- For services performed at facilities, the reductions are modest reflecting the 3.7% cut in the conversion factor.
However, when we add 6% cut to the payment after 3.5%, it will be devastating with some cuts exceeding 30%.
CALL FOR ACTION
At this time, ASIPP is vigorously working with Congress to reverse the cut in the conversion factor and also sequester cuts and PAYGO cuts. We would like also to prevent any further PAYGO risks with passage of 2 new bills in the Congress. If these 2 new bills pass separately, there is a risk of 8% additional cuts. However, if they pass as one, there will be a maximum of 4% cuts. Consequently, it is essential to stop all of these, or eliminate PAYGO option for the cuts.
ASIPP is a not-for-profit professional organization founded in 1998 now comprising over 4,500 interventional pain physicians and other practitioners who are dedicated to ensuring safe, appropriate and equal access to essential pain management services for patients across the country suffering with chronic and acute pain. There are approximately 8,500 appropriately trained and qualified physicians practicing interventional pain management in the United States. ASIPP is comprised of 49 state societies of Interventional Pain Physicians, including Puerto Rico and the affiliated Texas Pain Society.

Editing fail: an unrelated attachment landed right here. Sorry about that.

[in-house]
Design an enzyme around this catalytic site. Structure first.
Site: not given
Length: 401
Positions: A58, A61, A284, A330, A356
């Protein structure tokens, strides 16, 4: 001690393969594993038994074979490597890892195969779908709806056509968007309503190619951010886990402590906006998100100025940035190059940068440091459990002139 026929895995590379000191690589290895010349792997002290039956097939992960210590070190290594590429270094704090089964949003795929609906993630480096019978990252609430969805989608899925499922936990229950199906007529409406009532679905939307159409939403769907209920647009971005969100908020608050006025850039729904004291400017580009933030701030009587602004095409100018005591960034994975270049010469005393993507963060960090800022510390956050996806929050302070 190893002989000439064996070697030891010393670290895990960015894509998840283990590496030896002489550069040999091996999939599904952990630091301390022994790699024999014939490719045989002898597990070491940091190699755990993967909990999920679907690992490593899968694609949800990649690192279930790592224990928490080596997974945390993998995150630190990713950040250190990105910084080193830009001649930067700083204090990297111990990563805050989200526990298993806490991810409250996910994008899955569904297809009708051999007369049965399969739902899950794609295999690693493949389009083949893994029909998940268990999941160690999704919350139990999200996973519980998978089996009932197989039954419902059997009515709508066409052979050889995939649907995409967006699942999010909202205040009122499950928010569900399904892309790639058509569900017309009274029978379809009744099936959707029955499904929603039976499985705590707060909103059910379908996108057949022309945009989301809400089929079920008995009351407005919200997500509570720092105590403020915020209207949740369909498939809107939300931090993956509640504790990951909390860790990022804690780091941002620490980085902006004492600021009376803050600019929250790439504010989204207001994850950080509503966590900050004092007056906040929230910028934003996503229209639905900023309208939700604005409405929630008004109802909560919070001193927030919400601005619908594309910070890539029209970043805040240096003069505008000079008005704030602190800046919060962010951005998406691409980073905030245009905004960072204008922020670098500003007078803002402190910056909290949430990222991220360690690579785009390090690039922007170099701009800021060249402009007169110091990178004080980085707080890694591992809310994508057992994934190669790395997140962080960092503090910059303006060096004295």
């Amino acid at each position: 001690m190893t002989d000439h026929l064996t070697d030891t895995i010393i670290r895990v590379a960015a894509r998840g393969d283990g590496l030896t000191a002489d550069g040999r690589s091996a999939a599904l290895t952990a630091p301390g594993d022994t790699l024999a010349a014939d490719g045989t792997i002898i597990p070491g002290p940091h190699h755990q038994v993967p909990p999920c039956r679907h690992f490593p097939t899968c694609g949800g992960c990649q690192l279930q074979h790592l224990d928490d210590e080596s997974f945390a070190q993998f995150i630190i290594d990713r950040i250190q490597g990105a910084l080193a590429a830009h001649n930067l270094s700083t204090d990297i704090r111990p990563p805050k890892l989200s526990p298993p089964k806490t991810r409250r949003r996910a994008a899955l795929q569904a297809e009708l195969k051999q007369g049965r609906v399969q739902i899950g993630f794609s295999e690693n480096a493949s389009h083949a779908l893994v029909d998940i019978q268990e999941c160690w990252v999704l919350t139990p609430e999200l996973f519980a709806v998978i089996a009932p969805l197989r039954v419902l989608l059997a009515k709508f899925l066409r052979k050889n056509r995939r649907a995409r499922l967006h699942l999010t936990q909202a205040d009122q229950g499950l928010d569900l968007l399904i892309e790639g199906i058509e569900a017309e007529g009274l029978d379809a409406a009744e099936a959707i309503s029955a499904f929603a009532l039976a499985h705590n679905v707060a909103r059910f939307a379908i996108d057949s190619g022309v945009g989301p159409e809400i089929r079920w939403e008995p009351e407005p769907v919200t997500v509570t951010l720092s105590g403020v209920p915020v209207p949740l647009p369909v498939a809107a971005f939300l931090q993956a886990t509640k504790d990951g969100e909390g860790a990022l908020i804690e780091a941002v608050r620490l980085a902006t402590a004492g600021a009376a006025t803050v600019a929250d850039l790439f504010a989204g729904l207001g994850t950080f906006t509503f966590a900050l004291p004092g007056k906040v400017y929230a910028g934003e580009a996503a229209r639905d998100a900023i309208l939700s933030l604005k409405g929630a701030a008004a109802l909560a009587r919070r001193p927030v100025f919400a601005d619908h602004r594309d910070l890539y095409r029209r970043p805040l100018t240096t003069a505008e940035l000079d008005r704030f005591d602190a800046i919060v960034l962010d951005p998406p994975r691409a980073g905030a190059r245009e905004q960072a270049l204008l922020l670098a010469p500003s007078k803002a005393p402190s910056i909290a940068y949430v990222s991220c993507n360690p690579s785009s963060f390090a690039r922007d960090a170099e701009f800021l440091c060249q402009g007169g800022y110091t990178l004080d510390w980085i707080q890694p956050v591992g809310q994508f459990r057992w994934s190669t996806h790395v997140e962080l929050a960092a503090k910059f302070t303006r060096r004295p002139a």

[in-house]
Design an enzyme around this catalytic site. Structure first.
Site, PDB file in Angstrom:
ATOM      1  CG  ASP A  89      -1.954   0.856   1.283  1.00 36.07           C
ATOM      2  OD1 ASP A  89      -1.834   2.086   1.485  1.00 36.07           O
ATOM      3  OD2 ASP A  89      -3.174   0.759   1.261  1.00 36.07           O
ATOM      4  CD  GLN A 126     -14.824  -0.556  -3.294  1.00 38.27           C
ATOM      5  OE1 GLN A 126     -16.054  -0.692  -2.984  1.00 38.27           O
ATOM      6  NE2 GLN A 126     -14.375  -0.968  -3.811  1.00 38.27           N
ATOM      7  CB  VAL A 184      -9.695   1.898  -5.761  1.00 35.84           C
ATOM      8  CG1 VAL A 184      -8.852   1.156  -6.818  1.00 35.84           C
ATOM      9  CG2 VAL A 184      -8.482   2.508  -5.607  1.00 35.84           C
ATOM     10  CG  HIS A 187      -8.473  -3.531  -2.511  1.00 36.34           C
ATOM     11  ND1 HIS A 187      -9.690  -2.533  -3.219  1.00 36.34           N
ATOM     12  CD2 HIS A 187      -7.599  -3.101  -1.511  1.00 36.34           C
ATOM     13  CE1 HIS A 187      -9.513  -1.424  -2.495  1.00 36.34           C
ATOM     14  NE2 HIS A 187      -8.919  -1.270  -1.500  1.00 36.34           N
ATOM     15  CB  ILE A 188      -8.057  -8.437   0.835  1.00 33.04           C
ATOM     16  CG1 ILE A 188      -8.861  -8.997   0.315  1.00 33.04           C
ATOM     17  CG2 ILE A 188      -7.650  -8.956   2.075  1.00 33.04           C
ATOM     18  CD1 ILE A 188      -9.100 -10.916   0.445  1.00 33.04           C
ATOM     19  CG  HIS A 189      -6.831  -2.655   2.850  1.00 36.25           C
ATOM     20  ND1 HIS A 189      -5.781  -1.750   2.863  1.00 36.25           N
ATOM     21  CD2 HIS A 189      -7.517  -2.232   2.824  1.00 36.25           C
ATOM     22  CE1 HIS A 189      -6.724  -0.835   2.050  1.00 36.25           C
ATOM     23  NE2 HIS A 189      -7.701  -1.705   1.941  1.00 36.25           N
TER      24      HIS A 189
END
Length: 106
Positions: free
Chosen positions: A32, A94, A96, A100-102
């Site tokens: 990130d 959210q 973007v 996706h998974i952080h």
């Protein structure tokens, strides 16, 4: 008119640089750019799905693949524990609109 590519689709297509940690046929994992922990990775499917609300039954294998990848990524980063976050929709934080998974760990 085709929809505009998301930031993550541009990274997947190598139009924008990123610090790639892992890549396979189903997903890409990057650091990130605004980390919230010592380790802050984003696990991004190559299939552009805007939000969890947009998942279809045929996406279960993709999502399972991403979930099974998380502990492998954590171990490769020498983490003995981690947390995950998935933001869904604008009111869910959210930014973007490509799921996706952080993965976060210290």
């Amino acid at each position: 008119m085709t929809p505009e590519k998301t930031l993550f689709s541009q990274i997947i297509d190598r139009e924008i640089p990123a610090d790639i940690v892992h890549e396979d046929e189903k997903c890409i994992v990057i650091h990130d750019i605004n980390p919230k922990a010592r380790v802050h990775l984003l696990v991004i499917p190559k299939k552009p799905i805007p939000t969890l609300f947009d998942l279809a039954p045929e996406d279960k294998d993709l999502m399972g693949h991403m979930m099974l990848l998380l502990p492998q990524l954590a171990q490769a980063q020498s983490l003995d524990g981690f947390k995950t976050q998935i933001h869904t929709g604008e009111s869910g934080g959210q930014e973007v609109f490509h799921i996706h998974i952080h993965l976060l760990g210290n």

The comment period ends September 13, 2021.
If you have any comments that you would like added, or if you would like to write your own comments, please feel free to do so. You may contact: Laxmaiah Manchikanti, MD, Chairman of the Board and Chief Executive Officer, ASIPP and SIPMS at 270-554-8373 ext. 4101 or email at [email protected] and/or Amol Soin, MD, President, ASIPP and SIPMS, at 937-434-2226 or email at [email protected]